The sad truth is cyber thieves can, and will if you let them, visit your premises and ransack your filing cabinets to steal your plans or poach your customers and intellectual properly without physically setting foot in your building. In today’s virtual world millions of people can now attack you and distance is not a factor. I suppose that could be considered progress!
Virtually safe and sound
In the real world, if you buy and fit the strongest lock available on the market it might make your building secure. However, every time you give another person a key the strength of that lock is weakened as you’re now reliant on each person’s sincerity and their ability to protect your key. The question is simple, how strong is the lock if everyone can open it?
The same is true for your virtual assets. Whether it’s the customer database, your research and development data or even who is your top performing sales person – if it has a value to you it deserves to be locked away.
Many organisations think that, by encrypting their data, they’re secure. However, and here we must dispel a security myth, unfortunately it’s not true. It comes back to the strongest lock scenario outlined previously. Encryption means nothing unless they keys remain protected and accessible only to those who should have access to decrypt and consume data, otherwise the data that companies believe is protected remains woefully exposed.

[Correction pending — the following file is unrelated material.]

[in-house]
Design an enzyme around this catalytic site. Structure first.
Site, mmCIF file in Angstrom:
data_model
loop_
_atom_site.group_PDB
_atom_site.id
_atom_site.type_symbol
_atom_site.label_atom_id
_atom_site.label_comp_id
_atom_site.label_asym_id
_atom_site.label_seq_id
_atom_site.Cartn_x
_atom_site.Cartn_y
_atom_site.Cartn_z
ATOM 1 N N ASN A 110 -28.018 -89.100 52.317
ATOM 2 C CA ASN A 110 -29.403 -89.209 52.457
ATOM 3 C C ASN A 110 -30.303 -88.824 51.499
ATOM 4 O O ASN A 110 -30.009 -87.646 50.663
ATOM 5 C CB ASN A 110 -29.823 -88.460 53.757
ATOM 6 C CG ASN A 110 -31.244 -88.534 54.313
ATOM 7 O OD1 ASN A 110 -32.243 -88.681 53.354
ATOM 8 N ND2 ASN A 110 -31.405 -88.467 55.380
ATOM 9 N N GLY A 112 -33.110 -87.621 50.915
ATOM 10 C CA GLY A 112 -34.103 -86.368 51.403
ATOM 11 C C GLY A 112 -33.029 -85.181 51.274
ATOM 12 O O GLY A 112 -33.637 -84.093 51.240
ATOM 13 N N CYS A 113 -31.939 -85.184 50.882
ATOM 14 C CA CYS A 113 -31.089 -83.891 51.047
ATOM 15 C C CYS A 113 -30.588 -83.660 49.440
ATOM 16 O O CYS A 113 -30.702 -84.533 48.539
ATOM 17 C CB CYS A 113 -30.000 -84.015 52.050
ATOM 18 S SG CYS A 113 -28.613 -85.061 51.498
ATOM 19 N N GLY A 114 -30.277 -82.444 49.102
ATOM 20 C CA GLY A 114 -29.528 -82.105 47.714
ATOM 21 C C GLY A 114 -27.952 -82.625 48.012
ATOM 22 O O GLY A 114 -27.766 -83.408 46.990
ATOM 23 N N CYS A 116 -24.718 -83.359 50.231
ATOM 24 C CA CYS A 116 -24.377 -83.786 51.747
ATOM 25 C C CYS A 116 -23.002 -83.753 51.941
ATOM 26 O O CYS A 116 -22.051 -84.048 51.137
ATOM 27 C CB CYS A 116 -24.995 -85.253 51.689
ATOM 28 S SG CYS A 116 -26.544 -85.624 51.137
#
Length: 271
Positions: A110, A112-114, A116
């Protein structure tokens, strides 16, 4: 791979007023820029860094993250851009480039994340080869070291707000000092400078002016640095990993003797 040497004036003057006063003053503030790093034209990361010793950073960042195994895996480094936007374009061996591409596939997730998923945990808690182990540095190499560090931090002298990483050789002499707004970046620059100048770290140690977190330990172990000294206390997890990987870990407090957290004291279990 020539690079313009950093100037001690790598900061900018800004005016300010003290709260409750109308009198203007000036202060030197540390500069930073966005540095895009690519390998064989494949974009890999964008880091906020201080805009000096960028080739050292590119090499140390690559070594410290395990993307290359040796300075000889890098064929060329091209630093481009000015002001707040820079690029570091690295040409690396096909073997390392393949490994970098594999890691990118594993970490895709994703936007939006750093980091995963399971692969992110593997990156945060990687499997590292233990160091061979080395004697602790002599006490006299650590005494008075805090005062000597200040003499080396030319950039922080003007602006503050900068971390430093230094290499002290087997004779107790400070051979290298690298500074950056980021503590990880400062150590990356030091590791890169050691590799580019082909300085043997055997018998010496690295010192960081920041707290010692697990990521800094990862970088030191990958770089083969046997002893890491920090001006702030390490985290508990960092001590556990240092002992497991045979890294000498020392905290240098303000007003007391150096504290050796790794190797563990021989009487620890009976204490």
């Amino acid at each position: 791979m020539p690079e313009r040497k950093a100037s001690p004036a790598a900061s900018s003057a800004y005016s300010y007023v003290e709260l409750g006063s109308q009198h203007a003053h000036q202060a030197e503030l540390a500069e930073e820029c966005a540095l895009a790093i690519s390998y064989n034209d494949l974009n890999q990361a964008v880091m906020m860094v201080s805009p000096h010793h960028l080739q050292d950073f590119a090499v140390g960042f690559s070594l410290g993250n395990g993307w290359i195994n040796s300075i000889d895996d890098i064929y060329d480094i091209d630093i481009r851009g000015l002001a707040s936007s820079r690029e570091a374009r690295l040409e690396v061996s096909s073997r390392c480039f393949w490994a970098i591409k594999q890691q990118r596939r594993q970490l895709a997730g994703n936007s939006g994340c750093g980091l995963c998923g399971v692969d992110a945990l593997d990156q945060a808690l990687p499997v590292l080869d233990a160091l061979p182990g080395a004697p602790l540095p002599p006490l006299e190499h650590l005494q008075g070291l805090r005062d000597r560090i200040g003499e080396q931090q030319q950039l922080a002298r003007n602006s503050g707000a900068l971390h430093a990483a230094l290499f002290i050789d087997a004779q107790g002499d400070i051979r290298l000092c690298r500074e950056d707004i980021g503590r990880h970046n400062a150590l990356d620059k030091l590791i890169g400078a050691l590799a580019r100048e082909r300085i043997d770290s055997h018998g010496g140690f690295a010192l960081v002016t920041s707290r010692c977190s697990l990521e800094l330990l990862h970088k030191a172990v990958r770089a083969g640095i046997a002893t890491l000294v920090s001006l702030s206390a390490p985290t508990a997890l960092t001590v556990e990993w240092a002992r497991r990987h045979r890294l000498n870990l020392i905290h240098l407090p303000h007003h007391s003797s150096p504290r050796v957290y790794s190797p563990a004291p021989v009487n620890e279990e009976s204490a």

To protect encryption keys, administrators must follow clear, well-documented processes that minimise the keys’ exposure. The sad truth is that most company’s manual key management practices fail to measure up:
- Keys have multiple access points
- Keystore passwords are not changed regularly
- The same password is used across multiple keystores
- Private key(s) are manually shared between administrators and applications
- Distribution policies are lax or unclear
- Private keys and passwords are not changed when administrators leave the organisation
- Expansive key volumes leave glaring gaps in coverage.
With so many points of exposure, dozens of people can access thousands of keys. Additionally the reality of typically high IT staff turnover instead of reducing the risk of a compromise, instead actually magnifies it.
Instead, organisations need to implement sound encryption key management practices required to truly secure data. Using an automated and policy-based tool, you can then easily implement best practices such as separation of duties, regulated workflow, forensically durable logging, HSM integration, secure key distribution and regular key rotation.
With encryption keys’ exposure minimised, controlled and audited, companies know that their encryption assets truly deliver the promised security to truly protect vital data.
While Sir Isaac Newton may have a different take on the law of physics, were he alive today, I’m sure security would factor heavily in his theories.